Retired Col. Leonard A. Crosby had a thirst for knowledge and a passion to teach others what he knew. He died in May 2005.
“He was a real forward-thinking person,” said Mary Crosby, his wife of 62 years. The forward-thinker was also a creator of one of the Army’s most used services, MEDEVAC, or using helicopters to remove wounded soldiers from combat. Leonard Crosby, called “Andy” by most, was an Army medic and medical command instructor for more than 30 years. The Elizabethtown resident died Tuesday at age 83. The Crosby home is filled with certificates, medals and other honors from Crosby’s military career. There are silver stars, bronze stars, commendation medals and medals from World War II and Korea.
There’s also a well-worn book: “The history of the U.S. Army Medical Corps.” Crosby’s name is on several pages, mainly for his role in the invention of MEDEVAC. He was drafted into the Army in 1942, serving in World War II as part of an ambulance company. Crosby’s unit was the first ambulance company on the scene after the D-Day invasion in Normandy, France, his wife said. “He accomplished amazing things in his 83 years,” said his son, Michael Crosby.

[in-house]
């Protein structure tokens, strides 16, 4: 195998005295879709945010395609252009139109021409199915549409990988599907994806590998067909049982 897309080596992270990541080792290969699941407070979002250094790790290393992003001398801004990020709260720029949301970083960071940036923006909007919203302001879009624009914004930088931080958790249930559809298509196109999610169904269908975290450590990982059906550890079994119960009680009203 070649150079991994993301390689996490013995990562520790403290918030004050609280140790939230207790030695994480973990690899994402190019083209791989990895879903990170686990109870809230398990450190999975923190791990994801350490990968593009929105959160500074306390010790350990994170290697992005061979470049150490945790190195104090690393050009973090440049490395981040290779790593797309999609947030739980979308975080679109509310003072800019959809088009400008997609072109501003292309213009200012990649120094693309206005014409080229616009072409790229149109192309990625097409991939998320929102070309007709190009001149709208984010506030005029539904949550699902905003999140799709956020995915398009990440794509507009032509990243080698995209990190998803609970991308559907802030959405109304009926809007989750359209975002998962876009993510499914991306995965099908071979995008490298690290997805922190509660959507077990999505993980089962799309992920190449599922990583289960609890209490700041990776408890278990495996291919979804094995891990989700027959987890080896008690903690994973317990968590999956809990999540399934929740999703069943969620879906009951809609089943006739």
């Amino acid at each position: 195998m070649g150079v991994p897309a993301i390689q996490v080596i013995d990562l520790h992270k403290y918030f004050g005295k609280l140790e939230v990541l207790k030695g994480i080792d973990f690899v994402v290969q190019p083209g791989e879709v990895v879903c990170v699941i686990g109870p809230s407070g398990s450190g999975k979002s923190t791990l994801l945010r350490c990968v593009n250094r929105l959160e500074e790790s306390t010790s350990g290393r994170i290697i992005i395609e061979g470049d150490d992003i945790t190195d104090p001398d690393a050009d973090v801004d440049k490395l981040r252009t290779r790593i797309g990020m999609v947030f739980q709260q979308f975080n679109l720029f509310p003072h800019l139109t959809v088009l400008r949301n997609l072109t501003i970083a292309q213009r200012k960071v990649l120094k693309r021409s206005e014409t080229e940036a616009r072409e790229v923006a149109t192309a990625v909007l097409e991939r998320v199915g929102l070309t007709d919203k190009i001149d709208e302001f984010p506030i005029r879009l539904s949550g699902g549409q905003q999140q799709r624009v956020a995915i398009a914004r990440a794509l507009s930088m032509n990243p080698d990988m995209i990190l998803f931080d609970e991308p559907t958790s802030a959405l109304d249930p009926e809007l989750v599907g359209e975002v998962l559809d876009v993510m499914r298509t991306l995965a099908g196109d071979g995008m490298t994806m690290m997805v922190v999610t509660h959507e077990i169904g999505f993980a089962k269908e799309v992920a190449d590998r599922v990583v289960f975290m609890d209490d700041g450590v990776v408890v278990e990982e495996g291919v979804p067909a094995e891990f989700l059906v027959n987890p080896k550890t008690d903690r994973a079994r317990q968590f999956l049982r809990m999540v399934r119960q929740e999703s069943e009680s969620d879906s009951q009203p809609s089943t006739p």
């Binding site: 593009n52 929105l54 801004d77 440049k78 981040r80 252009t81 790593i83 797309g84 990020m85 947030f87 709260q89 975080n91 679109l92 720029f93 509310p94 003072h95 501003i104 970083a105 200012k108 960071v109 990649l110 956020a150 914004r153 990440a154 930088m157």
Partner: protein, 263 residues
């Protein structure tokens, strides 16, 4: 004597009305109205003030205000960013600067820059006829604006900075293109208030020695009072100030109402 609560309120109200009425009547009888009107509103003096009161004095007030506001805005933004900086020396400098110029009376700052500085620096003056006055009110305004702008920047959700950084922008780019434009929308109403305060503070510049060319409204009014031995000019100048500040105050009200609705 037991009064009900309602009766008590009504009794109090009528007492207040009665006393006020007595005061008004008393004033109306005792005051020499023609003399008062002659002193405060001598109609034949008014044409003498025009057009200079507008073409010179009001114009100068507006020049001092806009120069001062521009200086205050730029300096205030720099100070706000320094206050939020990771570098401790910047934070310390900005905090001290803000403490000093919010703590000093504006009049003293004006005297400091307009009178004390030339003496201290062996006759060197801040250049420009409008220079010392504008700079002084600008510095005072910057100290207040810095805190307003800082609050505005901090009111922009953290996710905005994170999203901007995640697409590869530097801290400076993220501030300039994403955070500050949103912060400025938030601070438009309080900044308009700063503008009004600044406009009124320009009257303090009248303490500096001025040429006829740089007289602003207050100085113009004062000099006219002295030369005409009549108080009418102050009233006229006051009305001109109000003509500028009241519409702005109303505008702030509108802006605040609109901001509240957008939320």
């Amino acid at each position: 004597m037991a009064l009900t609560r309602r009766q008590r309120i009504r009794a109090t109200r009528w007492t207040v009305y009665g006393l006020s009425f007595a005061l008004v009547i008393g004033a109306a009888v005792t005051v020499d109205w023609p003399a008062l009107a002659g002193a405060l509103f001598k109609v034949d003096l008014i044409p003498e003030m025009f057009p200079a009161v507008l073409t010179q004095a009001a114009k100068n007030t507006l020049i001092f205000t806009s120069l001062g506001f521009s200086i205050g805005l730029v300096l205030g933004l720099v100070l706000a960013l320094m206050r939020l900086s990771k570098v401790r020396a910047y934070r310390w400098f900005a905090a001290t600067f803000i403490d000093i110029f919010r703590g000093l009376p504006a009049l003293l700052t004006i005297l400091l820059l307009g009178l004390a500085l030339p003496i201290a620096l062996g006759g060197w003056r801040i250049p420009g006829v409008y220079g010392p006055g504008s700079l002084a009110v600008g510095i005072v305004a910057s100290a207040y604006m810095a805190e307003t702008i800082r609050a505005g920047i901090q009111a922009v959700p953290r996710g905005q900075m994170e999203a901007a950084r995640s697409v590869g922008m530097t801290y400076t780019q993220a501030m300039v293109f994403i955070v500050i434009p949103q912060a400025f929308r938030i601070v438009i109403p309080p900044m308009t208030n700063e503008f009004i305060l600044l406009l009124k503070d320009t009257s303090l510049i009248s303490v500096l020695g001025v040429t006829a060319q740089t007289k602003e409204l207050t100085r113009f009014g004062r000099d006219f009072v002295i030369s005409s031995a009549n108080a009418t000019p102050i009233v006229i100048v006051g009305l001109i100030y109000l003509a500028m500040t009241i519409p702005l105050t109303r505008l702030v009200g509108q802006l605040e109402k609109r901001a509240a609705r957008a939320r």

One of the most amazing accomplishments started in 1950, in Korea. Leonard Crosby was serving as the evacuation officer for the 8th Army. He noticed that the military was having a difficult time evacuating wounded soldiers from combat because of Korea’s hilly roads, which were often blocked, preventing ambulances from getting to the field. Helicopters at that time were primarily used for artillery, Mary Crosby said. Her husband wrote the rulebook on how to use them in a medical evacuation situation. Leonard Crosby was in charge of the first demonstration of medical helicopters in the summer of 1950 at Taegu Teachers’ College in Korea. After his years in combat, Leonard Crosby became an instructor at several military schools. He also served as chief of staff of medical command in Europe, and executive officer of the medical command at Walter Reed Army Hospital.